"WOW. What a phenomenal piece you wrote. You are amazing." Jennifer Jackson
That is embarrassing but actually a fairly typical response to my nature essays. Since The Best of Nature is created from the very best of 16 years of these nature essays published weekly in the Idaho Falls Post Register (online readership 70,000), it is a fine read. It covers a wide variety of topics including humorous glimpses of nature, philosophy, natural history, and conservation. Readers praise the style, breadth of subject matter and my ability to communicate complex and emotional topics in a relaxed and understandable manner.
Everyone can find something to love in this book. From teenagers to octogenarians, from the coffee shop to the school room, these nature essays are widely read and enjoyed.
Some of the essays here are my personal favorites, others seemed to strike a chord with readers. Most have an important message or lesson that will resonate with you. They are written with a goal to simultaneously entertain and educate about the wonderful workings of nature. Some will make you laugh out loud and others will bring a tear to the eye and warm your heart.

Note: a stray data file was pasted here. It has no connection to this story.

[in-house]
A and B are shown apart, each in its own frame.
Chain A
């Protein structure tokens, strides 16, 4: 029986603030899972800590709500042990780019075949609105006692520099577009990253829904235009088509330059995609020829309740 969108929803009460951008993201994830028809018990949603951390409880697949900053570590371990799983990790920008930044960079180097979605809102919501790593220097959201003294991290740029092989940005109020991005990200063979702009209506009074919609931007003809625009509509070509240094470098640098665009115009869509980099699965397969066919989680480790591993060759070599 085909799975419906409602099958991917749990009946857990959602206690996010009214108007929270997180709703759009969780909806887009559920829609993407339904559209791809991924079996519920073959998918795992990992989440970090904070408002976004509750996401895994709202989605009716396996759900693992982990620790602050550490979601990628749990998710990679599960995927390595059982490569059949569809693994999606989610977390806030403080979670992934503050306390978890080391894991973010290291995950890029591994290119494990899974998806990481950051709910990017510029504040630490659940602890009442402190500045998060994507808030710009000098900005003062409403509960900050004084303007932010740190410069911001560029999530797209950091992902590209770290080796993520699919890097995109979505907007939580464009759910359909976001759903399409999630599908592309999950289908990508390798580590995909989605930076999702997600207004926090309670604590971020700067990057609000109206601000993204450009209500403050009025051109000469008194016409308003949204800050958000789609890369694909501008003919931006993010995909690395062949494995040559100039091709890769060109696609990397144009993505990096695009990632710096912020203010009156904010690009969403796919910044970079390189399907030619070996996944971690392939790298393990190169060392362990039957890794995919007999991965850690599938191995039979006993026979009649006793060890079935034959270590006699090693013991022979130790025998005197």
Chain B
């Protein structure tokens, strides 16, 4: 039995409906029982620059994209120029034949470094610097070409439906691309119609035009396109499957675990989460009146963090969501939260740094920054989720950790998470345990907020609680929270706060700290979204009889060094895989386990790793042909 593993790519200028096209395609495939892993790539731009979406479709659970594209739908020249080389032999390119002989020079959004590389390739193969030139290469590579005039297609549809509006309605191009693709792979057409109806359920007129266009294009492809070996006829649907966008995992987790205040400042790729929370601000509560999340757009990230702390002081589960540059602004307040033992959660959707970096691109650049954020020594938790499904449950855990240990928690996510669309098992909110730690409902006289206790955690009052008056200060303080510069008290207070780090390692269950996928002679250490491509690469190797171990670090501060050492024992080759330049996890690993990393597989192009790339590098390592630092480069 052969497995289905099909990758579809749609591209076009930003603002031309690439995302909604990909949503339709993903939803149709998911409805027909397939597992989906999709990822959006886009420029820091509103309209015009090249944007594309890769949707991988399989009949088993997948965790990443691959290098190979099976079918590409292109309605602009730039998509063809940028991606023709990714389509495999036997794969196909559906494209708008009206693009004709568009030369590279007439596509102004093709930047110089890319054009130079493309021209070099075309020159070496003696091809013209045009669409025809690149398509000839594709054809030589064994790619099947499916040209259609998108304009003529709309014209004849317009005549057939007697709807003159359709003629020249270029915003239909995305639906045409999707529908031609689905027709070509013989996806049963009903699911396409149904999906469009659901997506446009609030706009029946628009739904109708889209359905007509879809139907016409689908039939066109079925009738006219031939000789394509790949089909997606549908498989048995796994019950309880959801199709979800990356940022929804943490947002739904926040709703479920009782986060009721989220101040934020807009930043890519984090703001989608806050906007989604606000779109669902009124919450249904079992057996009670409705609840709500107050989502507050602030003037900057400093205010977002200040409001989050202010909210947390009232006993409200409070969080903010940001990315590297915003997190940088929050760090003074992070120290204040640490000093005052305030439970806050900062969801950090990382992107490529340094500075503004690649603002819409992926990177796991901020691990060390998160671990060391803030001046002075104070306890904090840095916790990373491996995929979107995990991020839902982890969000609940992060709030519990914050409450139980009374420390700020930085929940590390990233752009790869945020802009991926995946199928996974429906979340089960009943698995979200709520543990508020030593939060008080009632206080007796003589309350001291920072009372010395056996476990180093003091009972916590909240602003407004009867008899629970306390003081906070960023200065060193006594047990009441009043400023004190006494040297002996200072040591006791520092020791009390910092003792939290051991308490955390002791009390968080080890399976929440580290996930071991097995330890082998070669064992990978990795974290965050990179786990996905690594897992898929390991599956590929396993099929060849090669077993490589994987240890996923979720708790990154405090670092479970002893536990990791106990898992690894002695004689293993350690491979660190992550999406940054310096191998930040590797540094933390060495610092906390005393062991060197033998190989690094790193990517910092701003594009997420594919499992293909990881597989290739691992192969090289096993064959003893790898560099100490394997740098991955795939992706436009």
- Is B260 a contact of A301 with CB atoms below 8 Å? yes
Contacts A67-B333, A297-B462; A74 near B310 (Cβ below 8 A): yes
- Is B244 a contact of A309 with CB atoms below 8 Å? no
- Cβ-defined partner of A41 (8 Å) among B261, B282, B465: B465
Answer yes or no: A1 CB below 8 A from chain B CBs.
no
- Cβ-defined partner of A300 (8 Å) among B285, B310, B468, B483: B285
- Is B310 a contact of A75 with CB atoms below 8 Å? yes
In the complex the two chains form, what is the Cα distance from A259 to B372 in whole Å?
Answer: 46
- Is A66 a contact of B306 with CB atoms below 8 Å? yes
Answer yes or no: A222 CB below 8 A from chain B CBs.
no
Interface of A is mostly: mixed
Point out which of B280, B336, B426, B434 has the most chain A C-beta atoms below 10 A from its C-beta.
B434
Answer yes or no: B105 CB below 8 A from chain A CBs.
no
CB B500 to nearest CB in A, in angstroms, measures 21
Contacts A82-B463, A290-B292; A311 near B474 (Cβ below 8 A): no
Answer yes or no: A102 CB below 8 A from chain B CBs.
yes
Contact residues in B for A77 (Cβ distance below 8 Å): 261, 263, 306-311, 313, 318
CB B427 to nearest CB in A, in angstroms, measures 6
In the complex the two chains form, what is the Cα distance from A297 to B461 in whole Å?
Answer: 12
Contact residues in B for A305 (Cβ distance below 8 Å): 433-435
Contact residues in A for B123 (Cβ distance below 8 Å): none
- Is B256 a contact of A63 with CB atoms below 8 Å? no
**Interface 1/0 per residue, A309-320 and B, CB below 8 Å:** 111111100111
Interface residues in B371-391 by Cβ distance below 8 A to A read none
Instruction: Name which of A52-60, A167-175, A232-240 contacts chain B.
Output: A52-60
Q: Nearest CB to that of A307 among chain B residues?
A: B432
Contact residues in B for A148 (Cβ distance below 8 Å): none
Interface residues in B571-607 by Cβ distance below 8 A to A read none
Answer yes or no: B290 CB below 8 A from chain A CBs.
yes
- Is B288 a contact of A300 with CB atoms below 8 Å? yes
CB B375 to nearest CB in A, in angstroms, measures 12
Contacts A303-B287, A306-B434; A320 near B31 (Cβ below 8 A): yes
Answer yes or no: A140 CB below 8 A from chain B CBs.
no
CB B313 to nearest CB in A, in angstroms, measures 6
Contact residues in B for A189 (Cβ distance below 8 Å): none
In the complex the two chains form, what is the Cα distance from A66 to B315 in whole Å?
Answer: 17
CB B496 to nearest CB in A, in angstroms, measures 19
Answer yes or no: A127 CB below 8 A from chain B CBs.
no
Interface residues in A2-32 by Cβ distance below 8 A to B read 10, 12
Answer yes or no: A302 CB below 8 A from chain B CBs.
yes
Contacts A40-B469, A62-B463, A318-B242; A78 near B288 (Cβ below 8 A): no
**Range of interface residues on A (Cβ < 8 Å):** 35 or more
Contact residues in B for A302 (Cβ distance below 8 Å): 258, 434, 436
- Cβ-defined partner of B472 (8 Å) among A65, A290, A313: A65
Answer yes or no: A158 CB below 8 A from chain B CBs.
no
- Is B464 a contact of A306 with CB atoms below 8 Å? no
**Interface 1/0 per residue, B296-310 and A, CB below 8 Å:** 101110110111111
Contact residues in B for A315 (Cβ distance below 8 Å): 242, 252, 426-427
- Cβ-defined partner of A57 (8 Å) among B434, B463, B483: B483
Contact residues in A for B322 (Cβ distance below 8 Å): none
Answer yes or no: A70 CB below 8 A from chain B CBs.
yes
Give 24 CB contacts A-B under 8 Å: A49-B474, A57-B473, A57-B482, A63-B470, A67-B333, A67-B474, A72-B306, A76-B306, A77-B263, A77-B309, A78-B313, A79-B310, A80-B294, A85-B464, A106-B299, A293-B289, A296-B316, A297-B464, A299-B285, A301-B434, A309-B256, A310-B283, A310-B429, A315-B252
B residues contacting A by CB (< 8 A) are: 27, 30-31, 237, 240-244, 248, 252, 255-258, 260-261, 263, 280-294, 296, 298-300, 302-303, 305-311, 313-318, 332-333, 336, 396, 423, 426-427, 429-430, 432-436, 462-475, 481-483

"You hit a home run with your article on, Big Questions in Nature. It should be required reading for everyone who has lost touch with nature...great job!" Joe Chapman
"We enjoyed your column, Bloom Where Planted. Some of the best writing yet. The Post Register is fortunate to have your weekly columns." Lou Griffin.
To read more and to order a copy, click here or get the Kindle version
Copies are also available at:
Island Park Builders Supply (upstairs)
Barnes and Noble in Idaho Falls
Harriman State Park, Island Park
Museum of Idaho
Valley Books, Jackson Wyoming
Avocet Corner Bookstore, Bear River National Wildlife Refuge, Brigham City, Utah
Craters of the Moon National Monument Bookstore, Arco, Idaho
TAX DAY is coming! Here is a chance to do something good with a bit of your tax return and make the day less painful.
Donate part of your tax return to support wildlife in Idaho!
On the second page of the Idaho Individual Tax form 40 you have the opportunity to donate to the “Nongame Wildlife Conservation Fund”.
Check-off this box on your next return or ask your tax preparer to mark the Nongame check-off on your behalf.
If you are not from Idaho, check with your own state wildlife agency about how you can help. Many states have a similar program.